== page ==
The "harriest chapter in the book," or Chapter 13 of Kawasaki and Welch's APE, actually did seem pretty hairy (harry?) to me.
And I had to look up exactly what "hairy" meant here. And it wasn't an abundance of hair.
It apparently means "alarming and difficult."
This makes sense! I mean self-publishing, like we've repeatedly been told is in many ways a GREAT thing. But it is particularly quite hairy because there are so many ways to do it--and deciding which one to use is especially alarming and sometimes difficult for beginners in the world of self-publishing.
I know for me personally, I've heard of publishing through Amazon Kindle and the like mentioned in Chapter 12, but I had no clue what Atlas was. I think the variety of ways to publish can be perplexing at times and it definitely can lead to people just using old methods of publishing because it is simply too hairy for them.
I think the main concern people have about self-publishing is that they think that publishing through all of these platforms is time consuming, but what they don't realize is that that programs such as Atlas help you adapt your work so it is published for eBooks, MOBI, ePubs, etc.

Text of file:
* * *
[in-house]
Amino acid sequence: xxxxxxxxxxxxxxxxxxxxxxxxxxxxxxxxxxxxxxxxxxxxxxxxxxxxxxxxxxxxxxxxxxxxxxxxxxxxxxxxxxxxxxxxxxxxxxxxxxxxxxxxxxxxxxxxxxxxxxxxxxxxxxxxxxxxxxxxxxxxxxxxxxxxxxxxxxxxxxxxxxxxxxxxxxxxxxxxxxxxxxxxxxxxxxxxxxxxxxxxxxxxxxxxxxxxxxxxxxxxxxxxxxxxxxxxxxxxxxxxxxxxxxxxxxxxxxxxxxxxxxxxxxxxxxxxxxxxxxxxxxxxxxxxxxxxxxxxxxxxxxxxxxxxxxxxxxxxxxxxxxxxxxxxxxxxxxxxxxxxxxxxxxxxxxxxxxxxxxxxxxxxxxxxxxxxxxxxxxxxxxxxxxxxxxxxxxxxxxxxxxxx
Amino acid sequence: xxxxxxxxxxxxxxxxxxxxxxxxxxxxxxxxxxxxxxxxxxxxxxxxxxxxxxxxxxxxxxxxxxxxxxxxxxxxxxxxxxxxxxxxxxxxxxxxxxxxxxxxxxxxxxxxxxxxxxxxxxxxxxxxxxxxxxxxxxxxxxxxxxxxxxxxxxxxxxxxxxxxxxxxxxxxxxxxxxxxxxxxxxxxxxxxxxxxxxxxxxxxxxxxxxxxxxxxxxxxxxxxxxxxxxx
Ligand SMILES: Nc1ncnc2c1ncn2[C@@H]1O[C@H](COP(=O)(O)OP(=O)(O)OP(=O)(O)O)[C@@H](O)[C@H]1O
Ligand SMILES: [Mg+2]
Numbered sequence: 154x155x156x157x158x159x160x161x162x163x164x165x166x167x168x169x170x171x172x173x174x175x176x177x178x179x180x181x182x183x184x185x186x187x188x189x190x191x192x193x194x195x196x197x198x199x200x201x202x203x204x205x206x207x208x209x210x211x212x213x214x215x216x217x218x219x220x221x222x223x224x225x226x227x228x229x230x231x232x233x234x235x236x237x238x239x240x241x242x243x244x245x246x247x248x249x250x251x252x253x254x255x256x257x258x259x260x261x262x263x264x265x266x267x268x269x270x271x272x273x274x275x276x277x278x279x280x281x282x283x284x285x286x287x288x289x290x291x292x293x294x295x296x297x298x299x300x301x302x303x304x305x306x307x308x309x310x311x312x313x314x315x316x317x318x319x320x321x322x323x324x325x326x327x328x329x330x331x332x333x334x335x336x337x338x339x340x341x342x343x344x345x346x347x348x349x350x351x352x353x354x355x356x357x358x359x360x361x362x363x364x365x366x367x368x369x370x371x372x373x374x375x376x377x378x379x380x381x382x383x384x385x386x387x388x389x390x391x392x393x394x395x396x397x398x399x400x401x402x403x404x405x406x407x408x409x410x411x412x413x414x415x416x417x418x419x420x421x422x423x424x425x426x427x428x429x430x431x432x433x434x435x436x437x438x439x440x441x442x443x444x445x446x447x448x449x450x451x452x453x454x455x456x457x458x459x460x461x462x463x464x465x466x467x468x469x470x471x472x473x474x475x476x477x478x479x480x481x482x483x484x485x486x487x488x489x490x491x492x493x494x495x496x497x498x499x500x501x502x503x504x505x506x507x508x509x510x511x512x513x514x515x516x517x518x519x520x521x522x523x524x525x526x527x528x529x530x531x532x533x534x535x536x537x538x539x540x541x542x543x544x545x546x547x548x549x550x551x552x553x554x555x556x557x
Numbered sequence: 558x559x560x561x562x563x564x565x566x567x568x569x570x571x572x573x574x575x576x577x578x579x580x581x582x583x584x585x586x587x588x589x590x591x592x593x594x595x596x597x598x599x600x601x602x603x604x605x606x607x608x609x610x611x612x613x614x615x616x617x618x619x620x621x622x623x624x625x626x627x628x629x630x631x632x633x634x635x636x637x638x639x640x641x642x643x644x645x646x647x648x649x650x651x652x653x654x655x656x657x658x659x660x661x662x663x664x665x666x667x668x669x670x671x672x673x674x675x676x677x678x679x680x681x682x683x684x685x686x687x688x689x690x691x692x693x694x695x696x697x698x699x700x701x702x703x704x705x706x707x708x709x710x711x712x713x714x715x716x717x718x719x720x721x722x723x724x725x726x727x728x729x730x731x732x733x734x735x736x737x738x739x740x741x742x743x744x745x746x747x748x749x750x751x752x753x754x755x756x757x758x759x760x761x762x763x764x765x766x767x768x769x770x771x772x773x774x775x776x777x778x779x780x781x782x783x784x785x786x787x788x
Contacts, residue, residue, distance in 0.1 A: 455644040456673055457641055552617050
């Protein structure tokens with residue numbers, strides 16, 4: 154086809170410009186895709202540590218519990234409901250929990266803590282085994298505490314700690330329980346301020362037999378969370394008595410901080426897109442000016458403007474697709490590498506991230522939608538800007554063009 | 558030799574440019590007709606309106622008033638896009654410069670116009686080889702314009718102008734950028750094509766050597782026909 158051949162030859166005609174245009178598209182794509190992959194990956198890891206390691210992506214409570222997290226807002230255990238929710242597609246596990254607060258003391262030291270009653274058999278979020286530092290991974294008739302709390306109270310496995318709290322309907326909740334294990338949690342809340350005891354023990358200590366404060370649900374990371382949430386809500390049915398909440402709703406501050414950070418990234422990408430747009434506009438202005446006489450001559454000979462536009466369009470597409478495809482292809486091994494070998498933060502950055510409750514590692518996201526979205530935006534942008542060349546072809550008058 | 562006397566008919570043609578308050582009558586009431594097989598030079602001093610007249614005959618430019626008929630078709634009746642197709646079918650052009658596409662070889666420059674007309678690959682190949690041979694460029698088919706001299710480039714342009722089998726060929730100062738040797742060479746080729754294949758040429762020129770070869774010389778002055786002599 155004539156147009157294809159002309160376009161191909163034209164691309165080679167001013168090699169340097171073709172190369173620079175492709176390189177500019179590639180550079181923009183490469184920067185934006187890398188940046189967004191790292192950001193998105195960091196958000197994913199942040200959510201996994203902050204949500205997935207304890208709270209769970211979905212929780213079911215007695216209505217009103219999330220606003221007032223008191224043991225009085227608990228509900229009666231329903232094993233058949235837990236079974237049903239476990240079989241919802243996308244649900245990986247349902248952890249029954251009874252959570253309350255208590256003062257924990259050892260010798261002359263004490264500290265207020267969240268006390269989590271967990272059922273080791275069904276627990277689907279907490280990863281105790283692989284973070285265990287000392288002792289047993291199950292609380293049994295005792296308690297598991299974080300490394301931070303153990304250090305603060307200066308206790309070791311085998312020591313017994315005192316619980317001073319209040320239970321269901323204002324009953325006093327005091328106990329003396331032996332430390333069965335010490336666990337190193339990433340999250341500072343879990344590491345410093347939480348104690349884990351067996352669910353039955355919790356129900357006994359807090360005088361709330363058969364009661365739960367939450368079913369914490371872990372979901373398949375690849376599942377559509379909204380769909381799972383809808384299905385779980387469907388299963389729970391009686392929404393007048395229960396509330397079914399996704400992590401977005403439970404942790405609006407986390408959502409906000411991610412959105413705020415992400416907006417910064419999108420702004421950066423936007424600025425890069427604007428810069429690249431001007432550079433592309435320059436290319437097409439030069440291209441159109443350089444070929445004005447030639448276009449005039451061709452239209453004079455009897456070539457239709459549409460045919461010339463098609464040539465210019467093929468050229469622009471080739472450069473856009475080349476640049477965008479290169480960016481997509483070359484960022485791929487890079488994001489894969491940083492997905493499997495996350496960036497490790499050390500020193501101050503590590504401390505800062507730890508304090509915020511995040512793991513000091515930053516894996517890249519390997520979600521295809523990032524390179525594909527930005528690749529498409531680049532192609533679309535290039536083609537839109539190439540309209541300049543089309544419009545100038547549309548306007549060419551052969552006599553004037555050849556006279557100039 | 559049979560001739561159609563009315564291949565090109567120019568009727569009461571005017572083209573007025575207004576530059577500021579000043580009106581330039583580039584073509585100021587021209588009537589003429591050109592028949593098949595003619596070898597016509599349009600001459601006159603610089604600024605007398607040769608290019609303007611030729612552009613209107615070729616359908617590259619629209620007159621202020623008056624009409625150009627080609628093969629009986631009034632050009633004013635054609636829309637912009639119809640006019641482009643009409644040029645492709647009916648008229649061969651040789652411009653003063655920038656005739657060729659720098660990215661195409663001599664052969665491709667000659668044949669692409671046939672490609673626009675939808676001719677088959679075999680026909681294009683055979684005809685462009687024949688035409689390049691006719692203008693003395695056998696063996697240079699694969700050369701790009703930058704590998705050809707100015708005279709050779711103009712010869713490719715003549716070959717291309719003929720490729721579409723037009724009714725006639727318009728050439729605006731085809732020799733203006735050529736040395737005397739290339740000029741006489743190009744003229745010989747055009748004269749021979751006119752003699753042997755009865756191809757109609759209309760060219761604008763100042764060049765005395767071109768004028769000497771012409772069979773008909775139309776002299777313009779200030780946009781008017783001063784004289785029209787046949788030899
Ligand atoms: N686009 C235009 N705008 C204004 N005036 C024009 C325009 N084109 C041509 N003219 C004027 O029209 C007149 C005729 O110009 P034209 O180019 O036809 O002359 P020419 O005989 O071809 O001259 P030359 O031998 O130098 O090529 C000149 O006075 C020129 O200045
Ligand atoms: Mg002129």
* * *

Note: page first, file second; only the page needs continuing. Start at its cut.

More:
There are ways around this seemingly problematic issue, and when people start looking at technology sometimes they freak out because they don't fully understand it.
My advice for someone going through this would be to just do it. You need to learn because this is the world we live in. People aren't only publishing for print through InDesign anymore, but it's important to remember that there once was a time that we didn't even publish using InDesign. Publishing processes keep changing over time, and just like computer technology, it is important to keep up with the latest trends and fashions.